Stardust, a short film about Voyager 1

PostPanic director Mischa Rozema’s new short film, Stardust, is a story about Voyager 1 (the unmanned spacecraft launched in 1977 to explore the outer solar system). The probe is the furthest man-made object from the sun and witnesses unimaginable beauty and destruction. The film was triggered by the death of Dutch graphic designer Arjan Groot, who died aged 39 on 16th July 2011 from cancer.

The film’s story centers on the idea that in the grand scheme of the universe, nothing is ever wasted and it finds comfort in us all essentially being Stardust ourselves. Voyager represents the memories of our loved ones and lives that will never disappear.

From a creative standpoint, Rozema wanted to explore our preconceived perceptions of how the universe appears which are fed to us by existing imagery from sources such NASA or even sci-fi films. By creating a generated universe, Rozema was able to take his own ‘camera’ to other angles and places within the cosmos.
Objects and experiences we are visually familiar with are looked at from a different point of view. For example, standing on the surface of the sun looking upwards or witnessing the death and birth of a star  - not at all scientifically correct but instead a purely artistic interpretation of such events.

The Pale Blue Dot
The Pale Blue Dot is a photograph of planet Earth taken in 1990 by the Voyager 1 spacecraft from a record distance of about 6 billion kilometers from Earth. In the photograph, Earth is shown as a tiny dot against the vastness of space. The Voyager 1 spacecraft was commanded by NASA to turn its camera around and to take a photograph of Earth across a great expanse of space, at the request of Carl Sagan.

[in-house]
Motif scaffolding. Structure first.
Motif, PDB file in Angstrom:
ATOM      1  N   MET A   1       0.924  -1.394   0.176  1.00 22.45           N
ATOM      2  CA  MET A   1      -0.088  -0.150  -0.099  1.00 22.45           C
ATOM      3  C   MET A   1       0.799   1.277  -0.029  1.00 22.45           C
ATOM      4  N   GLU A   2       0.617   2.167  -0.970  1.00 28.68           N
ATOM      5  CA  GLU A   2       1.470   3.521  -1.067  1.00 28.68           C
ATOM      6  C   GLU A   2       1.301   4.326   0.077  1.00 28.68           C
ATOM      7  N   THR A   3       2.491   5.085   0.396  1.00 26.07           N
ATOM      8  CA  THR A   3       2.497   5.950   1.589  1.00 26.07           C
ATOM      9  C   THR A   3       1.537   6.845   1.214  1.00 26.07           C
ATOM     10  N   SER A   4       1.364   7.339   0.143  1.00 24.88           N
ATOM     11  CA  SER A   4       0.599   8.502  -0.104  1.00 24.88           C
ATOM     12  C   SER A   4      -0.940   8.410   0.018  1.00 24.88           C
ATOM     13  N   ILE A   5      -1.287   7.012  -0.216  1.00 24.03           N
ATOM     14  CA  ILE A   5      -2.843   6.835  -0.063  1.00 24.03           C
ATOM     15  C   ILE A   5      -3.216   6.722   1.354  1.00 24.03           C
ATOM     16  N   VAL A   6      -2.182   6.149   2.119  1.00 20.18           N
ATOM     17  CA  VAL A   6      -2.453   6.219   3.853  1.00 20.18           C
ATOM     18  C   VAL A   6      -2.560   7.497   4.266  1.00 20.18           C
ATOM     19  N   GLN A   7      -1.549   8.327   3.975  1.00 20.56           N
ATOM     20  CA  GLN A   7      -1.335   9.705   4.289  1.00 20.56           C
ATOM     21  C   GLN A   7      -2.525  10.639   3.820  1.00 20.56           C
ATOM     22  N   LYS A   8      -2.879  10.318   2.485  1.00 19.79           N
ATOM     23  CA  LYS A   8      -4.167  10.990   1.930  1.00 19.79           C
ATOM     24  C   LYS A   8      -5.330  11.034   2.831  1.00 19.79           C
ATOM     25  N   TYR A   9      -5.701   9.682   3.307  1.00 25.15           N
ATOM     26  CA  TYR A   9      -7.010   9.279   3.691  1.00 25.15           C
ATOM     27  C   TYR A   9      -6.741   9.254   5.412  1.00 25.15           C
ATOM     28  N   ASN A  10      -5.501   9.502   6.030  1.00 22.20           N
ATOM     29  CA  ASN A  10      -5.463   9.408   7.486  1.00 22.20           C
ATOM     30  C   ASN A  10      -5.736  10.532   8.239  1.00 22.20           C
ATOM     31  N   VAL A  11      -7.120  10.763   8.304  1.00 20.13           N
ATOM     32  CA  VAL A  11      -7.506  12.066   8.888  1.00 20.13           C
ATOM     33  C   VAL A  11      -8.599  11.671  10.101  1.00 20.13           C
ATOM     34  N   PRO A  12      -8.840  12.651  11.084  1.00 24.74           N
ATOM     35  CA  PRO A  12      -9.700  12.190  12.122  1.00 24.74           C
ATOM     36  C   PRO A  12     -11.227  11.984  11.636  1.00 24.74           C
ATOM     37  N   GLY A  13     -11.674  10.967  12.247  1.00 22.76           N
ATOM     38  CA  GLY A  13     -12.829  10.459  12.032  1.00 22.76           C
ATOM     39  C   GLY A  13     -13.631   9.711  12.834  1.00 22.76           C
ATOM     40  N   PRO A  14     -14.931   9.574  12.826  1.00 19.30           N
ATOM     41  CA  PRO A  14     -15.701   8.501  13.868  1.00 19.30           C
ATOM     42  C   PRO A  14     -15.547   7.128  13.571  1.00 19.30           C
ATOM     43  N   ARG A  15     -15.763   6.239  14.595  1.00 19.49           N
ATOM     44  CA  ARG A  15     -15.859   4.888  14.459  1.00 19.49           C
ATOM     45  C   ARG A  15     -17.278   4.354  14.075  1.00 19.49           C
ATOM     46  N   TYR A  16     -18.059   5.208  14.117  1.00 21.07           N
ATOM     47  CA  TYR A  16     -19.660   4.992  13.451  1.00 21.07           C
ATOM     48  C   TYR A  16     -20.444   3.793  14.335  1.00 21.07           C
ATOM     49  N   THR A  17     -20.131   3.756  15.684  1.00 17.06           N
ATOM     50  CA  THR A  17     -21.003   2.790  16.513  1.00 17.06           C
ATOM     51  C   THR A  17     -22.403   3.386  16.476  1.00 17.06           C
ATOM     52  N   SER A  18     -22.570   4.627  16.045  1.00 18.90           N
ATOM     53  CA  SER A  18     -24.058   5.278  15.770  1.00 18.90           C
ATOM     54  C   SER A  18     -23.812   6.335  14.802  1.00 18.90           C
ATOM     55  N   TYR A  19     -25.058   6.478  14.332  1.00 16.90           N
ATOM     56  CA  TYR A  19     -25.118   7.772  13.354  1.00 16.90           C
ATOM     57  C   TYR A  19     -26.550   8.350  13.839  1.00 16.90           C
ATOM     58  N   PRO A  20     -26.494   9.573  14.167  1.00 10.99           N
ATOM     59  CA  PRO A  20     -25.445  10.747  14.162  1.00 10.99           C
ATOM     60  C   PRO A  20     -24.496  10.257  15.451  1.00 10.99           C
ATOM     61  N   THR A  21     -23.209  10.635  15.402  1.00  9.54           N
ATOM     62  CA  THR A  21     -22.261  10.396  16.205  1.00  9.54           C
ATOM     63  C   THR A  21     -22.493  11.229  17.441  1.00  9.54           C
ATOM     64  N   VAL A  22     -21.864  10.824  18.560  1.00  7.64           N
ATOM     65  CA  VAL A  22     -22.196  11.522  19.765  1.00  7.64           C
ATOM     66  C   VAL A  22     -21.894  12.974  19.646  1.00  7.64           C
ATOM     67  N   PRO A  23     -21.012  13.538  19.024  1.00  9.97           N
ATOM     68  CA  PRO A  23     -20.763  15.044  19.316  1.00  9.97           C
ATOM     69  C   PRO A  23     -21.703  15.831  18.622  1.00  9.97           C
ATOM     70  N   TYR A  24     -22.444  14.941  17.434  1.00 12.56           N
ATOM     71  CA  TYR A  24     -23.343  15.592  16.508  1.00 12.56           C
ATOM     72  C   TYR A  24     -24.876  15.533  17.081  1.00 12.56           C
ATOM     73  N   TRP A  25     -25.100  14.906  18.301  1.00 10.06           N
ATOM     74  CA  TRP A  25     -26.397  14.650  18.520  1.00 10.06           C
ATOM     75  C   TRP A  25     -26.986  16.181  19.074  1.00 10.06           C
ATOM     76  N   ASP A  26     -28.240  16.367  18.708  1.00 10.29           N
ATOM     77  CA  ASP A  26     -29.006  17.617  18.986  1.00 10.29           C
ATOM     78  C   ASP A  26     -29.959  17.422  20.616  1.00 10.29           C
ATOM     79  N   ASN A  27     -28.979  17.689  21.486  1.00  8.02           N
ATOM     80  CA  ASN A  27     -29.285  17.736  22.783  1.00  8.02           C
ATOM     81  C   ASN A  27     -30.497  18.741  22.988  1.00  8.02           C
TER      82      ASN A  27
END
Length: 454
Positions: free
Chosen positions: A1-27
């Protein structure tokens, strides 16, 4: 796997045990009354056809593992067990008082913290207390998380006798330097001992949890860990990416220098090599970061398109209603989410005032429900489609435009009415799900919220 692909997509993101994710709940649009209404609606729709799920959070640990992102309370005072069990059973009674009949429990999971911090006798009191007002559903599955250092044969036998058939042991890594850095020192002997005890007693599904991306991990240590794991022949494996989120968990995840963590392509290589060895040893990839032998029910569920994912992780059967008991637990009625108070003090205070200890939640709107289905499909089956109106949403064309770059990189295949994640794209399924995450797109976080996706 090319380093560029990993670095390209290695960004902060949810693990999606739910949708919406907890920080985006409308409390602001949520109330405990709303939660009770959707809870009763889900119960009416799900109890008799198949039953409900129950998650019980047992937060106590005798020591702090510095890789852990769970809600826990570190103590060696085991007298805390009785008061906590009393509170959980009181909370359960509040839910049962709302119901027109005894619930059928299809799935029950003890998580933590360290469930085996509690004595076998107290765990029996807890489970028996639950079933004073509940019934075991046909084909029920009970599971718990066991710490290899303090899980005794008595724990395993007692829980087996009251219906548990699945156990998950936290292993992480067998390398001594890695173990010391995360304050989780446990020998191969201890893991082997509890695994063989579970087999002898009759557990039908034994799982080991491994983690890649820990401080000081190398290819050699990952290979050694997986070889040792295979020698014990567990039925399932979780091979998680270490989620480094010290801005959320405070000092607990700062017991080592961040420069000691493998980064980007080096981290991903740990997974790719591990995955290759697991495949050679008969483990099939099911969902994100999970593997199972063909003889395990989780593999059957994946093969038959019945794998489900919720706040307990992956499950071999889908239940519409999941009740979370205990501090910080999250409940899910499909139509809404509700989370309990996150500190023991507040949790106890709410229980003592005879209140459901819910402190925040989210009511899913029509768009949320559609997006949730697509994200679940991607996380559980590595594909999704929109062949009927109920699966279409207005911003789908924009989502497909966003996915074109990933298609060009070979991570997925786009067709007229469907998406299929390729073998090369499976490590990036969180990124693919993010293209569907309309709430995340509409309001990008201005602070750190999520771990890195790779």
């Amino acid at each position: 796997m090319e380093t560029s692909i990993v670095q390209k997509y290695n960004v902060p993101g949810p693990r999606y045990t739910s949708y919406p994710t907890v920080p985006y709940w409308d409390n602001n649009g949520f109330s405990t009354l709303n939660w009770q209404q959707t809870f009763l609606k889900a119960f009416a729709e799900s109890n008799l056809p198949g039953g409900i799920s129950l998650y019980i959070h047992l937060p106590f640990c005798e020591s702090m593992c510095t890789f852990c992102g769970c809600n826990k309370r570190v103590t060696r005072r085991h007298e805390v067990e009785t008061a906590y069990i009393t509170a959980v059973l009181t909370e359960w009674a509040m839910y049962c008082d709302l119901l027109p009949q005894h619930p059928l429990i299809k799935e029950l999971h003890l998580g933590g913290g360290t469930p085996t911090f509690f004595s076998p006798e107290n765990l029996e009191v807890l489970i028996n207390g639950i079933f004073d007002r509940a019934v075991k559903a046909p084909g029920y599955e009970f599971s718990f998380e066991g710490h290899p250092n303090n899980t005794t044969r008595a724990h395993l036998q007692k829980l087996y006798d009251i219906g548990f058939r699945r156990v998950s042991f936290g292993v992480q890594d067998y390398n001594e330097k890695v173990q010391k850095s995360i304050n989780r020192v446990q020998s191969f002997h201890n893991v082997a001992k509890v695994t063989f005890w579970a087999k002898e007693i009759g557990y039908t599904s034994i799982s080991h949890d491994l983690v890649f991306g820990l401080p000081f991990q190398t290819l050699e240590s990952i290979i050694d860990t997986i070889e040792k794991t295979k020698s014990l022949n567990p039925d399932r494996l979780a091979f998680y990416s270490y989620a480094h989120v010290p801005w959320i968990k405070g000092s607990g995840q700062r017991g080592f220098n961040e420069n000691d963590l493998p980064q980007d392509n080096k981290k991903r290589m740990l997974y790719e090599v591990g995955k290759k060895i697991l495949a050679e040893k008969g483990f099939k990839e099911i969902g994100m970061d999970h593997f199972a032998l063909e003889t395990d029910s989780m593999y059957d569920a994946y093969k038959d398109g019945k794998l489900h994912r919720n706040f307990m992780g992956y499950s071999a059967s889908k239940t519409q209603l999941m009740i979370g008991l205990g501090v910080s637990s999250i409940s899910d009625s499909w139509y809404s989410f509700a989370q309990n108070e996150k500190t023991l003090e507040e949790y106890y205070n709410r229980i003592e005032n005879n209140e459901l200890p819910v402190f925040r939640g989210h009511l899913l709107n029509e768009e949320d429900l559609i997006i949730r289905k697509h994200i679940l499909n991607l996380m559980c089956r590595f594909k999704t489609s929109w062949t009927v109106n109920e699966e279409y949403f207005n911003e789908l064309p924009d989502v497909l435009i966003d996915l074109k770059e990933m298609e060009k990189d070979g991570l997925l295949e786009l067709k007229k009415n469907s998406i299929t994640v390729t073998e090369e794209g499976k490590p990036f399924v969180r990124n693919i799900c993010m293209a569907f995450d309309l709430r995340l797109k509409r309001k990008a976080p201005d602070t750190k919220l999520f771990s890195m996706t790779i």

From this distant vantage point, the Earth might not seem of any particular interest. But for us, it’s different. Consider again that dot. That’s here. That’s home. That’s us. On it everyone you love, everyone you know, everyone you ever heard of, every human being who ever was, lived out their lives. The aggregate of our joy and suffering, thousands of confident religions, ideologies, and economic doctrines, every hunter and forager, every hero and coward, every creator and destroyer of civilization, every king and peasant, every young couple in love, every mother and father, hopeful child, inventor and explorer, every teacher of morals, every corrupt politician, every “superstar,” every “supreme leader,” every saint and sinner in the history of our species lived there – on a mote of dust suspended in a sunbeam.
The Earth is a very small stage in a vast cosmic arena. Think of the rivers of blood spilled by all those generals and emperors so that in glory and triumph they could become the momentary masters of a fraction of a dot. Think of the endless cruelties visited by the inhabitants of one corner of this pixel on the scarcely distinguishable inhabitants of some other corner. How frequent their misunderstandings, how eager they are to kill one another, how fervent their hatreds. Our posturings, our imagined self-importance, the delusion that we have some privileged position in the universe, are challenged by this point of pale light. Our planet is a lonely speck in the great enveloping cosmic dark. In our obscurity – in all this vastness – there is no hint that help will come from elsewhere to save us from ourselves. The Earth is the only world known, so far, to harbor life. There is nowhere else, at least in the near future, to which our species could migrate. Visit, yes. Settle, not yet. Like it or not, for the moment, the Earth is where we make our stand. It has been said that astronomy is a humbling and character-building experience. There is perhaps no better demonstration of the folly of human conceits than this distant image of our tiny world. To me, it underscores our responsibility to deal more kindly with one another and to preserve and cherish the pale blue dot, the only home we’ve ever known.